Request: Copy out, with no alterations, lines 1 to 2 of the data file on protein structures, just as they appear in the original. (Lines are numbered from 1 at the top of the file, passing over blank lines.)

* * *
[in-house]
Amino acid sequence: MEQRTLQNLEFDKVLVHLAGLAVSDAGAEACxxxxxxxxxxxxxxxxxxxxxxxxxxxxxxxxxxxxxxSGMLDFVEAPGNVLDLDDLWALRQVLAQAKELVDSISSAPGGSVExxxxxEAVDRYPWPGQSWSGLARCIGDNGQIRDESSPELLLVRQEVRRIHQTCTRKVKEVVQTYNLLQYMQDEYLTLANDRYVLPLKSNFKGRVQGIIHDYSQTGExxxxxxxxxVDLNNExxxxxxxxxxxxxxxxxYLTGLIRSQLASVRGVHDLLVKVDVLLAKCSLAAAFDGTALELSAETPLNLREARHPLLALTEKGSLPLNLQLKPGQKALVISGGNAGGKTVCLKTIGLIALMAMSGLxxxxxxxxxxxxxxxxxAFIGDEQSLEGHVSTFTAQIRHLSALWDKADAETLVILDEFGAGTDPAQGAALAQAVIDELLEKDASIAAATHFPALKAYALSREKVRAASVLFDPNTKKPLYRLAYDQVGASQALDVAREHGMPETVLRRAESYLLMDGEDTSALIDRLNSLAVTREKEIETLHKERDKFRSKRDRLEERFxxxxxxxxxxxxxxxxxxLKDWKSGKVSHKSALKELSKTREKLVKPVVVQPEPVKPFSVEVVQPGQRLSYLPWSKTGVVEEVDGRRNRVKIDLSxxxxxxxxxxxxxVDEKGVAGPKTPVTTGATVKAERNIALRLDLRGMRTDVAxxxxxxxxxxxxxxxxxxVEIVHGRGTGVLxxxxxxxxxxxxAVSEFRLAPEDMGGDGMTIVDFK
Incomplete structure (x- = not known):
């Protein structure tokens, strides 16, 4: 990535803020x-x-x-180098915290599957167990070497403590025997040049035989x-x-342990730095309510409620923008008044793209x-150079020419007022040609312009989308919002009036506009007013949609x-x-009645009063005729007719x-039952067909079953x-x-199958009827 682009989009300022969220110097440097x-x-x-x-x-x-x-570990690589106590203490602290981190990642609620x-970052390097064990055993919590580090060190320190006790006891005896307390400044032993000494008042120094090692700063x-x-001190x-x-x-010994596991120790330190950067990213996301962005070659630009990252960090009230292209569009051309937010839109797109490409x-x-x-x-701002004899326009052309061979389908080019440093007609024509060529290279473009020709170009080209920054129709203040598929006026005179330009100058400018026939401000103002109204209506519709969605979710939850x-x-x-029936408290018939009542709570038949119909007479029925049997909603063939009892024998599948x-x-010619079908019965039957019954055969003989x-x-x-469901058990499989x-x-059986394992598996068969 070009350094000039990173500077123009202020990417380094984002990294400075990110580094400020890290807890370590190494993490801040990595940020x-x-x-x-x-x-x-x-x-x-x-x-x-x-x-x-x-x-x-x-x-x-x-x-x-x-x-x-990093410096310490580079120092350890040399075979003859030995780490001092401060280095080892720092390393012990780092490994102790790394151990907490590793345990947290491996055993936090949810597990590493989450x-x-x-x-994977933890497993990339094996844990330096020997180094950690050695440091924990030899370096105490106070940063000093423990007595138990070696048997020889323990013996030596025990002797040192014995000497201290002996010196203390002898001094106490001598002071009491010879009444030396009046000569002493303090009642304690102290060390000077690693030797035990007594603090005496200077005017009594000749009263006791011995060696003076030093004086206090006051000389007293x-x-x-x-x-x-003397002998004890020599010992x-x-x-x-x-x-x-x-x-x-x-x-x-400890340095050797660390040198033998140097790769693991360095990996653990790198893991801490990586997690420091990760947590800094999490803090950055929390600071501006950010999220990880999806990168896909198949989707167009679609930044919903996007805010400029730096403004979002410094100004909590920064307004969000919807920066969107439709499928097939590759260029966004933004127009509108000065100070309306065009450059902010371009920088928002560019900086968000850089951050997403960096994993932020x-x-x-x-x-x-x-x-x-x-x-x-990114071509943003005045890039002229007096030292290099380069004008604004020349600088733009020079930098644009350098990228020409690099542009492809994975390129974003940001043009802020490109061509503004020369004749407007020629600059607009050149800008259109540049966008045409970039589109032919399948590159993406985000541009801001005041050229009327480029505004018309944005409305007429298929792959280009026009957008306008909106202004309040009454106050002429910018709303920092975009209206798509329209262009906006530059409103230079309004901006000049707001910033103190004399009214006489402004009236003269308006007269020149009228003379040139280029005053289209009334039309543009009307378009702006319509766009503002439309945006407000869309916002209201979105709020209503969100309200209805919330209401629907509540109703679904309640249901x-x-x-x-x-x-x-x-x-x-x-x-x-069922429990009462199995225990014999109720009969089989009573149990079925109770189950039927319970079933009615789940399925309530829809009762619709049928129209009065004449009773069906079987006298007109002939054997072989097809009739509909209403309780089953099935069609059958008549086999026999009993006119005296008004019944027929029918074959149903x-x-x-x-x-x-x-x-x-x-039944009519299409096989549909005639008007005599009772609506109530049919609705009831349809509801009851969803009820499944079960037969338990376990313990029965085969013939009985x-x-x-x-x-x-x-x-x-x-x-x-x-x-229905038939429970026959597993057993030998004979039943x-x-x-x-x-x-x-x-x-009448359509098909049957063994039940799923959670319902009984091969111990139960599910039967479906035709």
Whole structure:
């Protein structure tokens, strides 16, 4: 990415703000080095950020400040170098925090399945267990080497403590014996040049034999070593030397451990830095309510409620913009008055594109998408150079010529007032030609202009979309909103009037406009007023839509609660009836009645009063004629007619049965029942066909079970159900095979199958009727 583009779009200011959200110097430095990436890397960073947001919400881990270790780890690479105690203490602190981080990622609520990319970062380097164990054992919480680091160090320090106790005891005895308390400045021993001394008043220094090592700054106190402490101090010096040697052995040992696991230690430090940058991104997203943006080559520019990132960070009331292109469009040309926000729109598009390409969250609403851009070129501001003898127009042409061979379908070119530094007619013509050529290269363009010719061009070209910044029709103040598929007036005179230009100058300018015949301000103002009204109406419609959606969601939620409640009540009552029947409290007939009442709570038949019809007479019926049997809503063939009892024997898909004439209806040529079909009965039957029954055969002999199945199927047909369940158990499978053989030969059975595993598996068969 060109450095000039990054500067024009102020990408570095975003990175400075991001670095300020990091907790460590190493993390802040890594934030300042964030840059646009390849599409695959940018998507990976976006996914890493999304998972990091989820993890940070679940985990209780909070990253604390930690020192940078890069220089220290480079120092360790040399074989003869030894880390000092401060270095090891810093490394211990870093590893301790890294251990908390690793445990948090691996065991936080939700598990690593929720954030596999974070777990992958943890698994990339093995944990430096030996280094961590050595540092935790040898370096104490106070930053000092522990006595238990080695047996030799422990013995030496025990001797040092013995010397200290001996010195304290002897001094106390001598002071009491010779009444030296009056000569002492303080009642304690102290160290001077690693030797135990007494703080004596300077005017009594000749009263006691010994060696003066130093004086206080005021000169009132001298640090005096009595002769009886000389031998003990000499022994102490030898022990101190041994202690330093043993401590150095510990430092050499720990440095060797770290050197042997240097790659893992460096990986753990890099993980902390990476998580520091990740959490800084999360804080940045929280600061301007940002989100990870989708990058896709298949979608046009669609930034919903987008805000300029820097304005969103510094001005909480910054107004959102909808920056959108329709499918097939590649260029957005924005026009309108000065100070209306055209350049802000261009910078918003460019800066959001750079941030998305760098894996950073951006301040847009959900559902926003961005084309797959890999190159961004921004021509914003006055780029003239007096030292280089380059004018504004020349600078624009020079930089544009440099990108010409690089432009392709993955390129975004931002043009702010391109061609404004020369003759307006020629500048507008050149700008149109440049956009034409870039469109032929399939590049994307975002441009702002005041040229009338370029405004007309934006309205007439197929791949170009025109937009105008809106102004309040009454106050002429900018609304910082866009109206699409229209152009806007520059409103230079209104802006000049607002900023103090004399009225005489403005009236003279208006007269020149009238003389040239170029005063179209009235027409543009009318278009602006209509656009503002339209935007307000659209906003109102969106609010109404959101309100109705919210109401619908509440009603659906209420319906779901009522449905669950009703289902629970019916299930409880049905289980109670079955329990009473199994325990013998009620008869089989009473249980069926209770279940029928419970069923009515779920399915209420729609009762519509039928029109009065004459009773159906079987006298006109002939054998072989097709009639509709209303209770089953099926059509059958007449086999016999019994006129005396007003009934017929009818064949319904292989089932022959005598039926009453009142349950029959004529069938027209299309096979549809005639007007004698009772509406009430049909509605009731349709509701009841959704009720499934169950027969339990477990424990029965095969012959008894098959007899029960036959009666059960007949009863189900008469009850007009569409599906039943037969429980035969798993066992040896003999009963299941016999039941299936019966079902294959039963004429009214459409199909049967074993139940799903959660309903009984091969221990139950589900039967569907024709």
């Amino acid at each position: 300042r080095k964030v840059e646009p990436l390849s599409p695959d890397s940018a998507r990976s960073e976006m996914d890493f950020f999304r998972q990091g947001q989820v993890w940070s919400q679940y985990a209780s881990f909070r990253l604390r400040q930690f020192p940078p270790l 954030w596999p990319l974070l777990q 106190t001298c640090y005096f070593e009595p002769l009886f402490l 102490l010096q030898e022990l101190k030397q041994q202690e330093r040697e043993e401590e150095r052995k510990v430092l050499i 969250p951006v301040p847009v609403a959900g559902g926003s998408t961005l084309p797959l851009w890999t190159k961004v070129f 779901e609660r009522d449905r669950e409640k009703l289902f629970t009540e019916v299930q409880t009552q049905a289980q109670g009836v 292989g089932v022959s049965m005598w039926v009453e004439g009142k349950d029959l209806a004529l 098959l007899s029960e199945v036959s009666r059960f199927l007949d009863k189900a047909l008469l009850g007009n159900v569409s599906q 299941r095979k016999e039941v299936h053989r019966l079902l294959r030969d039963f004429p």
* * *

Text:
[in-house]
Amino acid sequence: MEQRTLQNLEFDKVLVHLAGLAVSDAGAEACxxxxxxxxxxxxxxxxxxxxxxxxxxxxxxxxxxxxxxSGMLDFVEAPGNVLDLDDLWALRQVLAQAKELVDSISSAPGGSVExxxxxEAVDRYPWPGQSWSGLARCIGDNGQIRDESSPELLLVRQEVRRIHQTCTRKVKEVVQTYNLLQYMQDEYLTLANDRYVLPLKSNFKGRVQGIIHDYSQTGExxxxxxxxxVDLNNExxxxxxxxxxxxxxxxxYLTGLIRSQLASVRGVHDLLVKVDVLLAKCSLAAAFDGTALELSAETPLNLREARHPLLALTEKGSLPLNLQLKPGQKALVISGGNAGGKTVCLKTIGLIALMAMSGLxxxxxxxxxxxxxxxxxAFIGDEQSLEGHVSTFTAQIRHLSALWDKADAETLVILDEFGAGTDPAQGAALAQAVIDELLEKDASIAAATHFPALKAYALSREKVRAASVLFDPNTKKPLYRLAYDQVGASQALDVAREHGMPETVLRRAESYLLMDGEDTSALIDRLNSLAVTREKEIETLHKERDKFRSKRDRLEERFxxxxxxxxxxxxxxxxxxLKDWKSGKVSHKSALKELSKTREKLVKPVVVQPEPVKPFSVEVVQPGQRLSYLPWSKTGVVEEVDGRRNRVKIDLSxxxxxxxxxxxxxVDEKGVAGPKTPVTTGATVKAERNIALRLDLRGMRTDVAxxxxxxxxxxxxxxxxxxVEIVHGRGTGVLxxxxxxxxxxxxAVSEFRLAPEDMGGDGMTIVDFK